T5 in 6 year old Childs name

A couple provided their tax slips and among them was a T5 in their very young child name (6 yr old).
The tax slip has a generic SIN on it as well. The amount is small - $122.00

Has anyone seen anything like this before?

And the parents did not ask you to include this income in their name or explain it at all?

If so, more than 50% of the time the parents are hoping that CRA and the tax preparer are dumb enough not to catch the attribution.

Enquire into it further (and for that matter, double check and verify everything that they provide you).

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Record it on the parents return where it belongs which would be what they intended. One of my clients has T5s for all of their children - even younger than 6. An aunt passed away and left all of the children a small financial inheritance.

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Doesn’t Revenue Canada require that the income be taxed in the name of the person to whom the money belongs regardless of which name is on the slip? What if the kid received money at his birthday from family or family allowances for the child were saved for the child.

What’s a generic SIN?

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After reviewing the slip again I see under RECIPIENT’S NAME on the T5 slip is the child’s name listed first then a parent name listed underneath it.

@joe.justjoe1 - will do!

@obhorst - Ok thank you for clarifying. By the looks of the slip, it will be included in the father’s income because he is listed under the child’s name on the recipient’s name section of the T5.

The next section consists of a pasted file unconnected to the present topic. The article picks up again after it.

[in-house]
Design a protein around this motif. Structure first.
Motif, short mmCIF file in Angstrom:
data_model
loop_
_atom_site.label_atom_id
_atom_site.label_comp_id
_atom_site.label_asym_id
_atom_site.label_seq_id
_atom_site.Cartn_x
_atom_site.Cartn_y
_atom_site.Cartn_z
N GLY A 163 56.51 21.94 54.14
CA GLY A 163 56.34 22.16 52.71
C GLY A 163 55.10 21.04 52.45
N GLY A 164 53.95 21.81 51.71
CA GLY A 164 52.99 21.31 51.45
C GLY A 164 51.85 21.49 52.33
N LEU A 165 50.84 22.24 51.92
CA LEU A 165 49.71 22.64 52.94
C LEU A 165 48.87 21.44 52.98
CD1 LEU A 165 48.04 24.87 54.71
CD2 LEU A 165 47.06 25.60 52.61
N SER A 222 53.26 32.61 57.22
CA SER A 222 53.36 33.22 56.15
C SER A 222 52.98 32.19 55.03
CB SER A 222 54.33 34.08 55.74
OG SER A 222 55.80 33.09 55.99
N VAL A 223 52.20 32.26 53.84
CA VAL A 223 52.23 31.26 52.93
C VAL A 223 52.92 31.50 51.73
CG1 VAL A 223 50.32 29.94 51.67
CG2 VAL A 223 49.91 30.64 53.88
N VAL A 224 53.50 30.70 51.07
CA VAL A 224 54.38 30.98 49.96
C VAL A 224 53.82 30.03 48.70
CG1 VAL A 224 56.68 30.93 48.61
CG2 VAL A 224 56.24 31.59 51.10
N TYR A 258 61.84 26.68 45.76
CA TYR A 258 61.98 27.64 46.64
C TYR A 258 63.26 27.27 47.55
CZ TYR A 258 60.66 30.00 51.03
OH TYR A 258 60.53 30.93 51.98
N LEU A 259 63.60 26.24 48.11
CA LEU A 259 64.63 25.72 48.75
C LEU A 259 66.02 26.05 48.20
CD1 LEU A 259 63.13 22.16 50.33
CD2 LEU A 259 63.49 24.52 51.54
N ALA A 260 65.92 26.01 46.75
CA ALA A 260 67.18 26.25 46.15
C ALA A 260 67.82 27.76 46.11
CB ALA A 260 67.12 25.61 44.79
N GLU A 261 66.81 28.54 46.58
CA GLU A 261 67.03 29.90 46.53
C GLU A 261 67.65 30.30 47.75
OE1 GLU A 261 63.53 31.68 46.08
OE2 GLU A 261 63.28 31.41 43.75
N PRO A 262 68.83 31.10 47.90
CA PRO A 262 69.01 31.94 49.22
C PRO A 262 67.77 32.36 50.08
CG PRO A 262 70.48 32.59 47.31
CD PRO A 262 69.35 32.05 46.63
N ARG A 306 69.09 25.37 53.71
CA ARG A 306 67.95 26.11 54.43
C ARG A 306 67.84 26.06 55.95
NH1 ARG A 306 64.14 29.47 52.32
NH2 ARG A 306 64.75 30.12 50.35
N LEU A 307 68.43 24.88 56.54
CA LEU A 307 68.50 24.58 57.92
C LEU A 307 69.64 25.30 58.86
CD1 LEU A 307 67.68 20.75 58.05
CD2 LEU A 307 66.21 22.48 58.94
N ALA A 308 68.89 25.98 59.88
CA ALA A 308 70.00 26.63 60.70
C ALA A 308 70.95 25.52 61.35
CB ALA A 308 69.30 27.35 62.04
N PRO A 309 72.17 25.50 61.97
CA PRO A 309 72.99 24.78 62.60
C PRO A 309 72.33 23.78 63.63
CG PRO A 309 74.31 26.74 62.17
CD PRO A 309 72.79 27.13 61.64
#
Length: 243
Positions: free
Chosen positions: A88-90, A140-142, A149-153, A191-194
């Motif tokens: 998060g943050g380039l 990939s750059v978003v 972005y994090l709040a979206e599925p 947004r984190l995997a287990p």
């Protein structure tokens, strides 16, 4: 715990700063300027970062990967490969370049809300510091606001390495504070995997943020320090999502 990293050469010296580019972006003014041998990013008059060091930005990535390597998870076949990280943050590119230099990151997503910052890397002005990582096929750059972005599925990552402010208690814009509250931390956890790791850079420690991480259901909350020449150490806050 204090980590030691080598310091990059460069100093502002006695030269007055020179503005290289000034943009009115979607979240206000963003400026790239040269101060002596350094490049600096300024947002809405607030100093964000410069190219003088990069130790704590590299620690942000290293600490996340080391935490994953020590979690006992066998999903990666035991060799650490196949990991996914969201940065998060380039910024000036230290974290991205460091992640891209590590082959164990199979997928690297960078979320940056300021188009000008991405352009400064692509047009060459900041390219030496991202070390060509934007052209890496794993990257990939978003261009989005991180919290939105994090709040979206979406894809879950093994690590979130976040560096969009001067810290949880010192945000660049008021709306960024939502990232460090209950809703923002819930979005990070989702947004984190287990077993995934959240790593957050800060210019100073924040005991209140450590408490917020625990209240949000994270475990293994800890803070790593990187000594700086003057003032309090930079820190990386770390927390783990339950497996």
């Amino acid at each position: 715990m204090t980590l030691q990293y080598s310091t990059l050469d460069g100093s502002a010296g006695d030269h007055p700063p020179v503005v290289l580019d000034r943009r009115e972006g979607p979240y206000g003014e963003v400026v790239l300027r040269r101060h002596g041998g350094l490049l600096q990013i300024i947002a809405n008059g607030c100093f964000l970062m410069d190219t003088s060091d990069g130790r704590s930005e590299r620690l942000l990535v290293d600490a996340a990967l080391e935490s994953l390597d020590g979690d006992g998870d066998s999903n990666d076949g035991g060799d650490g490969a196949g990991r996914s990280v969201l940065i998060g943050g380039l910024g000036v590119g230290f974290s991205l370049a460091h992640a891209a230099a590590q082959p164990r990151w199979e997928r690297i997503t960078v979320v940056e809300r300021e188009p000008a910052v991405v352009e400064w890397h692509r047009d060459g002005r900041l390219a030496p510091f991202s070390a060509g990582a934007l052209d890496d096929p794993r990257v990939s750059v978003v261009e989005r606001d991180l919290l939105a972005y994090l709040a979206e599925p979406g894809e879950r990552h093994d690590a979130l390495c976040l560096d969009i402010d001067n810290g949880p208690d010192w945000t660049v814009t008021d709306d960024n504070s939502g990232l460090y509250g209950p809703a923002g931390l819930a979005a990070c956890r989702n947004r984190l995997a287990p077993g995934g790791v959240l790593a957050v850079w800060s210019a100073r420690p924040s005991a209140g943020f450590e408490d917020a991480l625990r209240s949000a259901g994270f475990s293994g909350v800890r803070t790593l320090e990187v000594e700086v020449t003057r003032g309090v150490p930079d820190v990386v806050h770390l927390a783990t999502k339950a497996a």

I checked both parent’s tax accounts with the CRA through rep a client and did not find the slip under the tax information slips section.

@benoit.associes1 The parent is listed under the child’s name on the T5.
What I was referring to when saying generic SIN is one that is not real e.g. 555 555 554 or something similar

You should be asking where the investment came from?

That will help you determine where/who reports.

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I have clients with no SI# so we use 9 zeroes. I do the same for a child where I don’t have the SI#. I didn’t realize until recently that SI#s are or can be assigned at birth.

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Not necessarily - in the case I mentioned above, the investment came from an inheritance.

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Well that will help you make the determination then wouldn’t it.

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Well, OOPS - I just knew because they were my grandchildren.

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Some parents put the Child Tax Credit money in an account in the child’s name (I did when I had littles - back then it was called Family Allowance - I’m getting old) and the bank then preps a T5 in the Child’s name. They are supposed to have a SIN to set up the account though.
The same would be true for the investing of an inheritance, allowance, etc. The important thing is to be able to trace the money back to being legitimately the child’s. ie: No giving the kid a big chunk of your savings just to avoid the tax man.

With a generic SIN, income defaults to the named parent. They should take a few minutes to get the kid a SIN and provide the number to the bank.


@dklassencga You are correct, there are situations where the income would actually be reportable by the child like by investing the CCB or the child receiving an inheritance in their name. The account is likely an “in trust for minor” investment account since a minor cannot legally have an investment account. Most institutions by default use the parents SIN for the tax reporting.

Careful record keeping is required.

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